Holidays are a time of celebration, and you may be planning to host a get-together with family and friends. CAMH has developed ten tips* for hosting a party, to help keep you and your loved ones safe this holiday season. Read more
Archive for June, 2014
By Lucy Costa, Advocate with the Empowerment Council
I support the Ontario Human Rights Commission (OHRC) policy and in fact, I support any and all avenues that discuss the rights of people with psychiatric disabilities and/or addictions – whether via the Ontario Human Rights Code or the Charter of Rights and Freedoms, the Accessibility for Ontarians with Disabilities Act or the CAMH Bill of Client Rights (pdf).
- Rights processes unsettle the status quo, they defeat denial by challenging powerful institutions or practices that entrench prejudice or inequality even in well-meaning individuals and organizations.
- The principle that one cannot be more or less human than any another member of our society is the most unprecedented act of love and equality we can all aspire to.
As limited as legal instruments may be, I believe we shouldn’t succumb to a buffet of opposing arguments for example, that rights are a “hollow hope” or, that rights “have gone too far” in protecting clients from needed treatment. This only succeeds in obscuring the significance and meaning of dialogue that can occur through tribunals, lower and higher courts particularly for people who are otherwise rendered voiceless.
by Maree Rodriguez, member of the CAMH National Youth Advisory Committee I have some exciting news to share about the CAMH National Youth Advisory Committee (NYAC)! So much has been going on since our first meeting as a group and we are so pumped since we’ve been getting a lot done along the way. We have finally decided on two national anti-stigma campaigns that we plan to share in the near future with you. These are still in the early stages but here goes:
- A “Get to know NYAC” video project. This way, you get introduced to the people behind NYAC who are youth passionate about making a change about mental health.
- A call and response. This will be in the form of a ”Selfie” where we will ask for submissions from young people to submit a Selfie and respond to a question about mental health. This idea creates an “Image versus Reality” concept showing that image is not always reality letting the viewer know that you can’t judge a book by its cover. It will hopefully bring up the conversation showing that mental health can affect everyone.
By Roslyn Shields, CAMH Senior Policy Analyst
This past Wednesday, I had the opportunity to attend the release of the Ontario Human Rights Commission’s new policy on preventing discrimination based on mental health disabilities and addictions.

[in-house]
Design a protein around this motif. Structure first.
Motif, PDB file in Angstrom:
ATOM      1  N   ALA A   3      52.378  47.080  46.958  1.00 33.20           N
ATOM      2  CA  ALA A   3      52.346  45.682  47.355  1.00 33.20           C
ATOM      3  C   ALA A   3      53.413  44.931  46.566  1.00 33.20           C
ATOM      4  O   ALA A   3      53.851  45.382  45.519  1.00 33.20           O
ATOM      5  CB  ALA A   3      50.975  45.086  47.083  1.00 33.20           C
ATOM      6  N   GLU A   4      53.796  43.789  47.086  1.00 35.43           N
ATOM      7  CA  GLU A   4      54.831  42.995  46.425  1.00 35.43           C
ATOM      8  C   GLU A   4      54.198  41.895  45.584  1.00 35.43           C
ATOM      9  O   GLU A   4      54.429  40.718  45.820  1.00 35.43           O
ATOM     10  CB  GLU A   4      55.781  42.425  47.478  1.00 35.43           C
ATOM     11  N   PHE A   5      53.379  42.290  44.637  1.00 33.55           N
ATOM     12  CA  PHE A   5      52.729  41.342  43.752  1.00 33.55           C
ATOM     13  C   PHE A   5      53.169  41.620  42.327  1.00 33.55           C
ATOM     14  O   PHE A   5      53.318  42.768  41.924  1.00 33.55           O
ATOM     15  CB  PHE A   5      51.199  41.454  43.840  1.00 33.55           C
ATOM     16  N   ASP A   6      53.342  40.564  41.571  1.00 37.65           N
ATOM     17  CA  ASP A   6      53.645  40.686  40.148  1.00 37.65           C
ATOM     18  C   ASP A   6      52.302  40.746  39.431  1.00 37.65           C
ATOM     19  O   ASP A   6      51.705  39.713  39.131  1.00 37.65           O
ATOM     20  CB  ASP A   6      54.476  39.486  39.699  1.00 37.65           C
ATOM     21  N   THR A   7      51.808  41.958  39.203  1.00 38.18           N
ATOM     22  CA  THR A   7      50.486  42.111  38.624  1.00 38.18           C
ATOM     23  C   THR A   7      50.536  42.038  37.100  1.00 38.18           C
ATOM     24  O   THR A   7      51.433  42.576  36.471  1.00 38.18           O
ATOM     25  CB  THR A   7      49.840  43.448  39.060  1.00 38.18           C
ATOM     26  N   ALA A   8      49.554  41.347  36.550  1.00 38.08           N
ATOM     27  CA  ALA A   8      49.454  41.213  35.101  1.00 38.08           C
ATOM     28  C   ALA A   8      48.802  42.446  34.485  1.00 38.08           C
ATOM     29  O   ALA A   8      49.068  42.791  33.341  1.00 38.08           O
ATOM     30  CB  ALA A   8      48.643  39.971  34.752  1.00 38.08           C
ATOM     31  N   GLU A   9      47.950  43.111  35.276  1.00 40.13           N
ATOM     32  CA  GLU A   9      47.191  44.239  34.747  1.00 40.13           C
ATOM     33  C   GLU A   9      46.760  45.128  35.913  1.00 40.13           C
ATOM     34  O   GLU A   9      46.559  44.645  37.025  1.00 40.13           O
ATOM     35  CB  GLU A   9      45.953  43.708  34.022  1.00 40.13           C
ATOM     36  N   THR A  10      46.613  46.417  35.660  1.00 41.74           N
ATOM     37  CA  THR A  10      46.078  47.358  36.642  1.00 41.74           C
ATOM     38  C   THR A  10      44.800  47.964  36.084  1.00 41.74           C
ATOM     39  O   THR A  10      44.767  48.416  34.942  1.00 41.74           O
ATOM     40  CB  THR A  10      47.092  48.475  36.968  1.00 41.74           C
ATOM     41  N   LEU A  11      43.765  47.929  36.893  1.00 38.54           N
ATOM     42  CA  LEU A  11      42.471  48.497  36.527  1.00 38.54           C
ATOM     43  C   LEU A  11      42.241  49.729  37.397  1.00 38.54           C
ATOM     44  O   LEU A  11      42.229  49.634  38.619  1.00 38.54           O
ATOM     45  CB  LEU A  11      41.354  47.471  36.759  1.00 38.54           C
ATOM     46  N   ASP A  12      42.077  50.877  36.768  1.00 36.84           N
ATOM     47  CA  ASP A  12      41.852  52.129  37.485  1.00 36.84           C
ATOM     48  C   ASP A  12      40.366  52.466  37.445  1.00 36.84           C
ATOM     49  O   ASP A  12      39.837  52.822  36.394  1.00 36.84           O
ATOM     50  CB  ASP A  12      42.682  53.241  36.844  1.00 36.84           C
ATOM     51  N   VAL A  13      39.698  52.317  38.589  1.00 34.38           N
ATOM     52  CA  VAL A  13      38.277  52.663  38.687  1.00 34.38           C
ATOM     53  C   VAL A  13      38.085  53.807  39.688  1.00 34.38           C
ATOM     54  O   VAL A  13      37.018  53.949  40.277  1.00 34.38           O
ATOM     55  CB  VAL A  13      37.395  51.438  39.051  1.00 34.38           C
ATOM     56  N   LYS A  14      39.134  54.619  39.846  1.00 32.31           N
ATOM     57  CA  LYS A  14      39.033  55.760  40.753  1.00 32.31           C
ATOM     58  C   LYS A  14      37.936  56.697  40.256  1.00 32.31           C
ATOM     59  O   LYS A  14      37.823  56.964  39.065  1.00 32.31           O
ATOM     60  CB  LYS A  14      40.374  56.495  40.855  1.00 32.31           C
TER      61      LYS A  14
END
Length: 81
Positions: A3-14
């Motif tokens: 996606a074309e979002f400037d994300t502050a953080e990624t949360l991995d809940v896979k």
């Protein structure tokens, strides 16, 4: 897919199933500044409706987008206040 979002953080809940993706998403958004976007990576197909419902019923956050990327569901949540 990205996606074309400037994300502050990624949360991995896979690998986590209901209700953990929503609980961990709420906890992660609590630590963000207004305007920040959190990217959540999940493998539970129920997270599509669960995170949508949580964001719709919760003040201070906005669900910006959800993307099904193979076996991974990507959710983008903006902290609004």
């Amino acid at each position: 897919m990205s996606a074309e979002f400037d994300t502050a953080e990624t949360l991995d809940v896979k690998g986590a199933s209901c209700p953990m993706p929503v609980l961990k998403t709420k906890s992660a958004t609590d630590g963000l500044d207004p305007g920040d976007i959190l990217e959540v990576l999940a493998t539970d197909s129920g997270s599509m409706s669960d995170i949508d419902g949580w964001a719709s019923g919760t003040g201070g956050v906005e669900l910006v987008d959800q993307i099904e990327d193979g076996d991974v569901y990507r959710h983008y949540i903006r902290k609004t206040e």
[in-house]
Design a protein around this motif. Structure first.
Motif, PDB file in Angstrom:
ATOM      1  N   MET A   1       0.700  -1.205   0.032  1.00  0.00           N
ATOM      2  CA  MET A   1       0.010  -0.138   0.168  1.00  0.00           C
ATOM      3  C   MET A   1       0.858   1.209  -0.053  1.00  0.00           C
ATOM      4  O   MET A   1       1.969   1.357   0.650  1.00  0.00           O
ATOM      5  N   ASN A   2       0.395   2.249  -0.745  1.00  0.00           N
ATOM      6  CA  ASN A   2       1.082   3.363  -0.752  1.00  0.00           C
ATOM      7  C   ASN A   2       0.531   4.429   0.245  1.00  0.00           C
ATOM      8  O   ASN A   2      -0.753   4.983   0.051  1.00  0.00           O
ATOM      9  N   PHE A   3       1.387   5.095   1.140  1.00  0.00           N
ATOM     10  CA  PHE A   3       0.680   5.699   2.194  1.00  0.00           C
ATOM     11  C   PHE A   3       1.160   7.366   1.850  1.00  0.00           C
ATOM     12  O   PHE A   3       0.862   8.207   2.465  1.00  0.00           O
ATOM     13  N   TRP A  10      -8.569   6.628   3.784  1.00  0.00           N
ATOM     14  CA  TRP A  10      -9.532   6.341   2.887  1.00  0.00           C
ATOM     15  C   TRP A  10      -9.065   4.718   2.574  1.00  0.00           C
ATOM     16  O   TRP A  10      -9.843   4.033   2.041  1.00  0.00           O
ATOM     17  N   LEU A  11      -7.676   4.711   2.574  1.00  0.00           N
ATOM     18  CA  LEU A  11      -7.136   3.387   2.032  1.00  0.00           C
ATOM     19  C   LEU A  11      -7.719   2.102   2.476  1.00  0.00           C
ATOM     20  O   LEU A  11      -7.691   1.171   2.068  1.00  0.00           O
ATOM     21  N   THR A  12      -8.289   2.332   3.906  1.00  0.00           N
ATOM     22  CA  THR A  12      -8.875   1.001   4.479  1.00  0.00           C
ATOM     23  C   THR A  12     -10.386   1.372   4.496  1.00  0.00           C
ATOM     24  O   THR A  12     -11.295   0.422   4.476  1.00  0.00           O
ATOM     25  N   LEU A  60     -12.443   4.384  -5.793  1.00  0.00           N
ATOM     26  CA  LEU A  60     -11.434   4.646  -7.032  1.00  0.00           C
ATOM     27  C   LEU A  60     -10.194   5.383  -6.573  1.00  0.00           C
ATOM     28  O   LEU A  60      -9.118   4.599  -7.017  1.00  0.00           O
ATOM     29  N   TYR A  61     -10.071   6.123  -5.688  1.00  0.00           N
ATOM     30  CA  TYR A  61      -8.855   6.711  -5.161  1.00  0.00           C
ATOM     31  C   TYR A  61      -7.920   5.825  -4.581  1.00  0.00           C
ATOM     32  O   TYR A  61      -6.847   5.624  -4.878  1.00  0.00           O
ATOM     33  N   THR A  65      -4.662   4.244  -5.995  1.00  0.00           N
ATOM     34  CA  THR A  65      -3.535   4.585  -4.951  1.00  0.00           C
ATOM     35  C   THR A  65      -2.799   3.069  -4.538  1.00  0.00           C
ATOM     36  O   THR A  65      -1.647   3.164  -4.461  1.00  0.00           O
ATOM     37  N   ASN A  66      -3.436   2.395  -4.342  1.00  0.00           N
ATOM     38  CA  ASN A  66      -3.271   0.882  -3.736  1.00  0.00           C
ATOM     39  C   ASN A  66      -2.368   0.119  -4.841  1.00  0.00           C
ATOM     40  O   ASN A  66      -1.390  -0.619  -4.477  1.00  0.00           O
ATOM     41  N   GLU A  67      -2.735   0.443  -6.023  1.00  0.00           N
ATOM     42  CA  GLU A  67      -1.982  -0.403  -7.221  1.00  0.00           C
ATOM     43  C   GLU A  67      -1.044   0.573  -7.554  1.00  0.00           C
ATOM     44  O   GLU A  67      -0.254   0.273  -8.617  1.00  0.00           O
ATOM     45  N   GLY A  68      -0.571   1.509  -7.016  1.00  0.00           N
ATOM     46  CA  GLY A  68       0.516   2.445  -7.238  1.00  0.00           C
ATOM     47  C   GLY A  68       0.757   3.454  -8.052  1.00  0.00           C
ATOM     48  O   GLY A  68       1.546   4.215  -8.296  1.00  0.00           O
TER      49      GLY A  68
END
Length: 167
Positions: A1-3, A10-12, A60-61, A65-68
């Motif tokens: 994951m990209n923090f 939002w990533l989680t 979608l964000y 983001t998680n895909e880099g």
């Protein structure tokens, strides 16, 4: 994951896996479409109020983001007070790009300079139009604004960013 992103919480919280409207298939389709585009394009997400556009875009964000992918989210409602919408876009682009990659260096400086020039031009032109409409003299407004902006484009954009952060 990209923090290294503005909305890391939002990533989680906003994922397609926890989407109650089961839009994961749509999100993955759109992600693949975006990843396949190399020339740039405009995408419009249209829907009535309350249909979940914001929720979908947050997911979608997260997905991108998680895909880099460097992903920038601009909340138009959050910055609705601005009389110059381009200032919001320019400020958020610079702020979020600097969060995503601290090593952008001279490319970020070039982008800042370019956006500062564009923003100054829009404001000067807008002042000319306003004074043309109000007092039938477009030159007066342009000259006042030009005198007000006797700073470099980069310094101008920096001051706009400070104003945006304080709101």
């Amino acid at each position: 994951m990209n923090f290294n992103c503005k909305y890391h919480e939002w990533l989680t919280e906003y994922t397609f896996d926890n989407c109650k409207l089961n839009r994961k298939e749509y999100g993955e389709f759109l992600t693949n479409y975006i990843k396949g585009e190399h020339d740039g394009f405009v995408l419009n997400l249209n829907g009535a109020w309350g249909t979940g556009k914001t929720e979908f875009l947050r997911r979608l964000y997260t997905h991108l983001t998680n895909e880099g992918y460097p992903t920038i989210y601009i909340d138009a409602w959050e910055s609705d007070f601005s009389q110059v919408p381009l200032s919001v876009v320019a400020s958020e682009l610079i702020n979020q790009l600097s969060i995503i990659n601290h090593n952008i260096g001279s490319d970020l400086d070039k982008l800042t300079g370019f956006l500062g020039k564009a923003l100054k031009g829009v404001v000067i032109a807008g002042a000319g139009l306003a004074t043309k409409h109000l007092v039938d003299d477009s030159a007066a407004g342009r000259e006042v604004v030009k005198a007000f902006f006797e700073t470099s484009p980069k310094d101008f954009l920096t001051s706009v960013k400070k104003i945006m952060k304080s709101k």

The Chief Commissioner Barbara Hall proudly introduced this tool for change and the Empowerment Council’s Lucy Costa remarked that the policy will help put Ontario on the “rights track.”
This new policy will assist people and organizations to define, assess and resolve human rights issues related to mental health disabilities and addictions, such as modifying work hours for an employee to attend counselling appointments or making amendments to a housing unit for a tenant with post traumatic stress disorder. And it’s clear that this help is needed.
Despite protection for people with disabilities under the Human Rights Code, people with mental health disabilities and addictions continue to experience discrimination in many areas of their lives.
National Aboriginal Day has me thinking about the importance of the relationship between Aboriginal and non-Aboriginal people in Canada, my own life experiences and the responsibility that we all have in making this country a better place for all those who live here.
Having grown up in Brantford on the traditional territory of the Six Nations of the Grand River, I was well attuned to the cultural divide and broken communications between Aboriginal and non-Aboriginal communities.
Being just a few kilometers away from a First Nations community did nothing to enhance my knowledge of the rich history and geography – it just wasn’t taught in school.
I didn’t get properly educated until I had the remarkable opportunity in my adult life to work with First Nations communities first-hand.
It was during this time that I learned of the extraordinary impact that relationships between Aboriginal and non-Aboriginal people have had on the lives of citizens and on the progress of our communities.